Mobile POS & Personal Devices
In addition to QR codes, extending a restaurant’s POS to accommodate mobile, handheld staff devices and/or payments directly from guests’ personal devices is now essential.
“The allure of mobility has finally taken hold and now the organizations that have adapted their operations to embrace the changes aren’t looking back,” enthuses Malbec. “We see widespread adoptions at smaller brands where decisions around process changes are easier to identify and adopt, but it shouldn’t be long before major brands also take the plunge. The obstacles at the moment are environmental (meaning the restaurant needs reliable wi-fi from wall-to-wall), financial (the restaurant needs 2X for the number of servers to account for re-charging and inoperable units), and clearly operational, since organizations will need to change their SOPs to fully leverage the value of true server mobility.”
Tamy Duplantis, President of Return on Information, points out the wide demographic open to pay-at-the-table options. “We used to be concerned that only the younger, more tech-savvy customers would use a mobile device to order and pay. But since the majority of people not only own a cell phone but have learned to use it to find a restaurant via maps, scan a QR code to view a menu, and even use a mobile app to order food or groceries, restaurants can offer self-serve mobile options like pay-at-the-table with less concern that the customer base will not engage.”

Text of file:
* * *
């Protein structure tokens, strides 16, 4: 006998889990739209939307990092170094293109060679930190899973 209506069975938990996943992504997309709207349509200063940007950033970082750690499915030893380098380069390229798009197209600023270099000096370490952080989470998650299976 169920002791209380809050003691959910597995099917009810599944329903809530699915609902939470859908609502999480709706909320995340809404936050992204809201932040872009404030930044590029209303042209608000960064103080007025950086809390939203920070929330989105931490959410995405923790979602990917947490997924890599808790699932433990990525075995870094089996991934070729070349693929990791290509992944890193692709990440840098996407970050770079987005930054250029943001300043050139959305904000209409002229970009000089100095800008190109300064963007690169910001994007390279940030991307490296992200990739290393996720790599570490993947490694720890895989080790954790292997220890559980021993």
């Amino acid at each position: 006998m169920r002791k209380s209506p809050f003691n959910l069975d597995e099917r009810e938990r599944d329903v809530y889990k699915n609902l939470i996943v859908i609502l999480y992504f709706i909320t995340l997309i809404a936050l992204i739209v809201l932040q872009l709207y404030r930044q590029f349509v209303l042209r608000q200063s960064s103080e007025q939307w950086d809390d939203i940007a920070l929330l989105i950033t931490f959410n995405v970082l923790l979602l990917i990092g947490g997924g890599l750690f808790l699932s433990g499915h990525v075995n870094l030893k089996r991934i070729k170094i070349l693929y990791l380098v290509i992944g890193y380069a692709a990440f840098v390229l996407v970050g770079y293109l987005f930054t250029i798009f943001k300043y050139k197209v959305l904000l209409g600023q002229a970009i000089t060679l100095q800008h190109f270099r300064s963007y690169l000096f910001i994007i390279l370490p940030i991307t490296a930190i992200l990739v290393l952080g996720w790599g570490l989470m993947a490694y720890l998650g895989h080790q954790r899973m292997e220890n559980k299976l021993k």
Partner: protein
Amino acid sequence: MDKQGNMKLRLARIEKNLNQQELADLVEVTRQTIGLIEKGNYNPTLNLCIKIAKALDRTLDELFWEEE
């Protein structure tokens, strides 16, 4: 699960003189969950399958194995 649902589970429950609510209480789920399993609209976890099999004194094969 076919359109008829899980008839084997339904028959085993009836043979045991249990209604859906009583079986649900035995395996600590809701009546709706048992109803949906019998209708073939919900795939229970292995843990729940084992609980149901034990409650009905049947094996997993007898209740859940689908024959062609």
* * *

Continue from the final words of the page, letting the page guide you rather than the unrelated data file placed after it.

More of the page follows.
Jim Balis, Chief Executive Officer, Sizzling Platter, notes the popularity of server handhelds. “We see better guest adoption of server handhelds than of QR codes. And tipping onscreen is now very popular with our guests. The benefit is there’s no processing step for the server, and no security/data risk — I wish people would communicate the security of it more.”
Li advises that mobile POS — whether handheld or on tabletops — must integrate smoothly into a full-service dining experience. “I would just want to make sure that my staff is still delivering hospitality as a full-service promise with mobile POS helping with the flow — and not in replacement of why I have a full-service, staff-driven restaurant.”
Critical Considerations and Next Steps
What other options may be ahead to meet restaurant guests “where they sit”? And what level of infrastructure is needed to support pay-at-the-table technology?
“I believe there is still value around beaconing and geo-location technology for in-restaurant and prospective customers nearby,” says Malbec. “Whether it’s a fresh batch of cookies that just came out of the oven or an intra-day special premium entrée, the ability to know who is nearby and can take advantage of a ‘now-offer’ can be a powerful sales tool.”
“When it comes to digital experiences at the table, the most common mistake full-service restaurants make is a failure to anticipate the impact of a congested internet connection on the customer experiences,” says Tim Tang, Director, Enterprise Solutions, Hughes. “The occasionally annoying slow internet everyone experiences at home absolutely destroys the brand experience at the table. When the consumer’s LTE connection is congested, they struggle with simple tasks like accessing QR-code menus. When the restaurant’s internet connection is faulty, the consumer becomes furious with repeated attempts at a credit card transaction that takes minutes to complete instead of seconds. To preserve an outstanding dining experience, restaurants must employ appropriate solutions, such as SDWAN and LTE backup, to maintain high application performance over congested internet connections.”